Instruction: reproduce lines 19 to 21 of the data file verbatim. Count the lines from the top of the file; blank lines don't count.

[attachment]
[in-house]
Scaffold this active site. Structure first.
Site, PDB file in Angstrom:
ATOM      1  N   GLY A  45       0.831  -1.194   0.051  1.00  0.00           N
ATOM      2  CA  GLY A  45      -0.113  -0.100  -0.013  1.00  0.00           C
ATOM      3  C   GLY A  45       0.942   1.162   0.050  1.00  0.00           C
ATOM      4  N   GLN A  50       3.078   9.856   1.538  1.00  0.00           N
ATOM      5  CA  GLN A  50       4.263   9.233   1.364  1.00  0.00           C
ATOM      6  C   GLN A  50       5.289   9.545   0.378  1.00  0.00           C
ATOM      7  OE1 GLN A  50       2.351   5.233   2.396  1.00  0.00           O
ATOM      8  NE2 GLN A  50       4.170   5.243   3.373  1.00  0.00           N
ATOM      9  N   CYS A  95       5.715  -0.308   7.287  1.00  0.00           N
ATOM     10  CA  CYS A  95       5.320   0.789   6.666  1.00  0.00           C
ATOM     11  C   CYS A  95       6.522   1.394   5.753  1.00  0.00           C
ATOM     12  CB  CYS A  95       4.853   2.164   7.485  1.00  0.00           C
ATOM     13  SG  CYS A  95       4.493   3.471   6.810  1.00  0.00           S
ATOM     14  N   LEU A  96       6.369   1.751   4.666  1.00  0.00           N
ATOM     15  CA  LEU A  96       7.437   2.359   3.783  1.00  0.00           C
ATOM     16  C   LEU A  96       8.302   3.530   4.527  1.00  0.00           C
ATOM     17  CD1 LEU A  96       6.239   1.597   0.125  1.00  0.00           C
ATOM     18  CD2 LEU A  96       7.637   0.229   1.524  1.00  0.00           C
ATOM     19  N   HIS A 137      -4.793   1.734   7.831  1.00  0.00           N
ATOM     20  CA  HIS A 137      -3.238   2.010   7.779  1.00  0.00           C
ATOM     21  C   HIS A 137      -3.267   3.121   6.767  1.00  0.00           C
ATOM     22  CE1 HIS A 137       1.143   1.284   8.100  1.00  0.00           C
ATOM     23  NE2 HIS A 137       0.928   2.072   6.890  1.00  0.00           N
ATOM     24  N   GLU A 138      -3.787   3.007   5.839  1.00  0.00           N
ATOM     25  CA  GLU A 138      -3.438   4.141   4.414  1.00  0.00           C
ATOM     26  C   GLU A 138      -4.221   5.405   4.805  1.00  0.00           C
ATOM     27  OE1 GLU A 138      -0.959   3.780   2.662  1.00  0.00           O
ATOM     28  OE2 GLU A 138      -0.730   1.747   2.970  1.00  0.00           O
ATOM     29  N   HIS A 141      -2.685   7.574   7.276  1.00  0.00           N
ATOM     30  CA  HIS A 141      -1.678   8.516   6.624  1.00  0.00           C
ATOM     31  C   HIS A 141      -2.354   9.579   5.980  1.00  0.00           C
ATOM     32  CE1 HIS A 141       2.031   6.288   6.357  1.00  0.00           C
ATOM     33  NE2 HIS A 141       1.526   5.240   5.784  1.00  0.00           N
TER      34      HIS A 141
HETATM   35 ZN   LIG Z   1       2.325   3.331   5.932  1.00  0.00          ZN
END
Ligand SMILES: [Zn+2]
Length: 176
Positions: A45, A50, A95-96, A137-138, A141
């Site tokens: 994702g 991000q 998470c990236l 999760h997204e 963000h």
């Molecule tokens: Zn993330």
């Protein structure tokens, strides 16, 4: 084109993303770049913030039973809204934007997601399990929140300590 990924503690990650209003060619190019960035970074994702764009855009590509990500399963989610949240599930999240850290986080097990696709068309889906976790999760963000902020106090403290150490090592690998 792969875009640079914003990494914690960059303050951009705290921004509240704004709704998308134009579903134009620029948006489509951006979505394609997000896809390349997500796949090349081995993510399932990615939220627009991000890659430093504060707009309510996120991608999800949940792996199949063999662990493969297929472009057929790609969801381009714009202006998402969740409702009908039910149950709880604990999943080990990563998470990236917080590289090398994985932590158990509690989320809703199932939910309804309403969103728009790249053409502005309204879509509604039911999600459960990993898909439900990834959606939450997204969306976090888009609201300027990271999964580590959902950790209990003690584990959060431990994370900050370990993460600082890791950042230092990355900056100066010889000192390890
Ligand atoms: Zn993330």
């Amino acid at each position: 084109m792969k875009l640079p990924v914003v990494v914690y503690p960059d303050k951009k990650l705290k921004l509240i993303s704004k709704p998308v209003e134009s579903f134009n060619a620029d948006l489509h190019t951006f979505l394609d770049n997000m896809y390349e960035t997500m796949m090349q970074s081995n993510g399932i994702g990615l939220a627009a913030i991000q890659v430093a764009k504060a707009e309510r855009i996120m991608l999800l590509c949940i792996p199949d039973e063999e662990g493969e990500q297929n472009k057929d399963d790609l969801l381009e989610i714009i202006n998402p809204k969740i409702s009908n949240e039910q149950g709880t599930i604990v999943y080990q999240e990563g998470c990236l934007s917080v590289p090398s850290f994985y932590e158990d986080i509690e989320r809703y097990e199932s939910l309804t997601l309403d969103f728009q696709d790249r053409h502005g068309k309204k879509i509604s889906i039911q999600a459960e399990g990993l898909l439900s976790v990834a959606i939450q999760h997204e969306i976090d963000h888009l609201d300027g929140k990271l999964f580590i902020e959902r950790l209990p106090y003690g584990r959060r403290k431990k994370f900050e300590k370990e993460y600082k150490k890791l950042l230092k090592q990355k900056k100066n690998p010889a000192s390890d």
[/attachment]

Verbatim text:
ATOM     16  C   LEU A  96       8.302   3.530   4.527  1.00  0.00           C
ATOM     17  CD1 LEU A  96       6.239   1.597   0.125  1.00  0.00           C
ATOM     18  CD2 LEU A  96       7.637   0.229   1.524  1.00  0.00           C